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  • drone rules

    read em and weep guys 17 is the magic number---------------dave pilots will have to pass a written test at an aviation training center.

    FAA finally issues its small drone rule

    Drones can begin flying low over the American skyscape by 2017 under rules proposed Sunday by the Obama administration that will finally allow their legal use for business purposes.

    The rules, which still need to go through a public comment phase, apply to smaller drones weighing 55 pounds or less. Such small flyers aren’t likely to share airspace with manned flights.

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    “We have tried to be flexible in writing these rules,” Michael Huerta, administrator of the Federal Aviation Administration, said in a statement. “We want to maintain today’s outstanding level of aviation safety without placing an undue regulatory burden on an emerging industry.” On a conference call with reporters, Huerta bragged the FAA had created “the most flexible regime for unmanned aircraft 55 pounds or less that exists anywhere in the world.”

    The proposal is largely favorable to the thousands of businesses who want to use drones for photography, agriculture or inspection purposes. While there was discussion of requiring licensed drone pilots to have time flying in a manned aircraft — a potentially expensive proposition — pilots will instead have to pass a written test at an aviation training center. The FAA rejected the idea of offering the tests online, as is done in some other countries.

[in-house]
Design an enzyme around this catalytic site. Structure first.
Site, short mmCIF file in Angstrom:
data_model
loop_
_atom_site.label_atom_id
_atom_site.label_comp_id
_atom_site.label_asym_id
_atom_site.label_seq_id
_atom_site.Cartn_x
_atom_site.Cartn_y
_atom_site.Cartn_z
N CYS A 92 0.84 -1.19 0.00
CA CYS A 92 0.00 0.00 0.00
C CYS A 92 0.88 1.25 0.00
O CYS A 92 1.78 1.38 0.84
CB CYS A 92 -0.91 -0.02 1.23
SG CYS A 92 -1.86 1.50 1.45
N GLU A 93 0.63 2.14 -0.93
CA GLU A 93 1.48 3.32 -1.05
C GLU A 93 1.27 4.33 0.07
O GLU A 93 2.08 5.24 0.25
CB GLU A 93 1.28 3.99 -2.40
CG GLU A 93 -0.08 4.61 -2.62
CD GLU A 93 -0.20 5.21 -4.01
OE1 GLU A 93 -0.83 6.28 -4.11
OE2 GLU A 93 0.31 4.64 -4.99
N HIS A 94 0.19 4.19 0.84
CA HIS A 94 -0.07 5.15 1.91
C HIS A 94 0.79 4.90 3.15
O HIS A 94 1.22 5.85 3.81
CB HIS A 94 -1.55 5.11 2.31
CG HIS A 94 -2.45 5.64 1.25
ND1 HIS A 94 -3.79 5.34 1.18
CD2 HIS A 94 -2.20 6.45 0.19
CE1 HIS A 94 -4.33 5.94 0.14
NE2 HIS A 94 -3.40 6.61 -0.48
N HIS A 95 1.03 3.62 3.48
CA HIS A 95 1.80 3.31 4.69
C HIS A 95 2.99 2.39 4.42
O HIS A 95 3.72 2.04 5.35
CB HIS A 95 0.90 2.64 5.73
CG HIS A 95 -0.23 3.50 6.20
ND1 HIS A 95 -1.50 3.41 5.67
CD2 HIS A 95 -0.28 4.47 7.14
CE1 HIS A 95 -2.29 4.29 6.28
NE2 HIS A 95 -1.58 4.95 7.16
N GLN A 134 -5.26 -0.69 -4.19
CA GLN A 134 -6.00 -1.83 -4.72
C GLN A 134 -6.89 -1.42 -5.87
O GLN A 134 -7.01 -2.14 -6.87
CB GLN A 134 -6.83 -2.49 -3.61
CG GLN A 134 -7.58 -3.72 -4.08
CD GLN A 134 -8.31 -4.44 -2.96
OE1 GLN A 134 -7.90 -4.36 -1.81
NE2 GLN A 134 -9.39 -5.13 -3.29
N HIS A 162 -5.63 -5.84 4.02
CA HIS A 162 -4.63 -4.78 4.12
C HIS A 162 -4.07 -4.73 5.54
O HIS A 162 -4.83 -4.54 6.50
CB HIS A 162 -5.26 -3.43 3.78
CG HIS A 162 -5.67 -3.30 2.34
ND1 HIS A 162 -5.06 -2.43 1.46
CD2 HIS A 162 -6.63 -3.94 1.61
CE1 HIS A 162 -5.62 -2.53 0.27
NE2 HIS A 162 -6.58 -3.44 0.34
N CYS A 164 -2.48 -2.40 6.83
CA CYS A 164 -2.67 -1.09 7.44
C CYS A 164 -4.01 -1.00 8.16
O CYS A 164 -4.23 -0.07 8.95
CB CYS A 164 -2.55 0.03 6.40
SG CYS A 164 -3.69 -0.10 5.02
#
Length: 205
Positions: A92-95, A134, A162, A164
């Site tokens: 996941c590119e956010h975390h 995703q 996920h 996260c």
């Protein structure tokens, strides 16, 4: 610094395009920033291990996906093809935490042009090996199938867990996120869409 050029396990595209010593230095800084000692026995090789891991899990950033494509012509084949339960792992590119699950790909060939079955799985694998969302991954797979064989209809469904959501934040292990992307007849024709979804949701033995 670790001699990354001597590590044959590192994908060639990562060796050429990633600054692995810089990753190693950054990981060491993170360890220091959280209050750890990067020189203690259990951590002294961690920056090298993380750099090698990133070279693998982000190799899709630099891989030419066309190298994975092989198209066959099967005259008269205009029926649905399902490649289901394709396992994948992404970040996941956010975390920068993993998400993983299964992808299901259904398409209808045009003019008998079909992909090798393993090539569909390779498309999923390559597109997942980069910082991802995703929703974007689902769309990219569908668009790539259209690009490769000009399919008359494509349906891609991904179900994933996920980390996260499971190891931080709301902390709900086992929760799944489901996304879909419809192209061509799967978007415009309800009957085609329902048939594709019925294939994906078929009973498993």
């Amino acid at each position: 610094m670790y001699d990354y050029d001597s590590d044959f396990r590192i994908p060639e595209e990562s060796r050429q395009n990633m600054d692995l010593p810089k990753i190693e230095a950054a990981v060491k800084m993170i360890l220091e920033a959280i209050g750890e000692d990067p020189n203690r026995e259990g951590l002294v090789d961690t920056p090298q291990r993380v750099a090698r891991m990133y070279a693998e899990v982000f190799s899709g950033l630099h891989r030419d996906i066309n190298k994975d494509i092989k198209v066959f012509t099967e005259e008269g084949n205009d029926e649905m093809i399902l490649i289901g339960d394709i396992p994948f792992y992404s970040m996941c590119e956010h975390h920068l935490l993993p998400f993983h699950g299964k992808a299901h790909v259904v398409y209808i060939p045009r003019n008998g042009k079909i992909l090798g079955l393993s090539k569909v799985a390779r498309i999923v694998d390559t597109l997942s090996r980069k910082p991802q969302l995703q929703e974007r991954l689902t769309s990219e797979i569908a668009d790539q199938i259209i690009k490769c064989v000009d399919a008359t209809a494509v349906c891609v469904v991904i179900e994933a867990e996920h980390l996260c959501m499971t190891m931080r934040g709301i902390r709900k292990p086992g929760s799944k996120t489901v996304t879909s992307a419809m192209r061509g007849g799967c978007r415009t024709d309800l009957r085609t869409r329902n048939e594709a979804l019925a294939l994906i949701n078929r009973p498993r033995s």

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    Full coverage of transportation policy

    The Association for Unmanned Vehicle Systems International applauded the FAA for issuing the long-delayed rule, while remaining cautious about its impact.

    “This proposed rule is a critical milestone in the UAS integration process, and one that is long overdue,” AUVSI President Brian Wynne said. “UAS technology has largely remained grounded while many prospective users wait for the regulatory framework to catch up. This is a good first step in an evolutionary process that brings us closer to realizing the many societal and economic benefits of UAS technology.”

    In a phone interview, Wynne said he remained worried about what exactly the FAA’s testing would involve, including what the ground school would actually test and where the test would be available.

    “Those are things they’re still trying to work through,” Wynne said.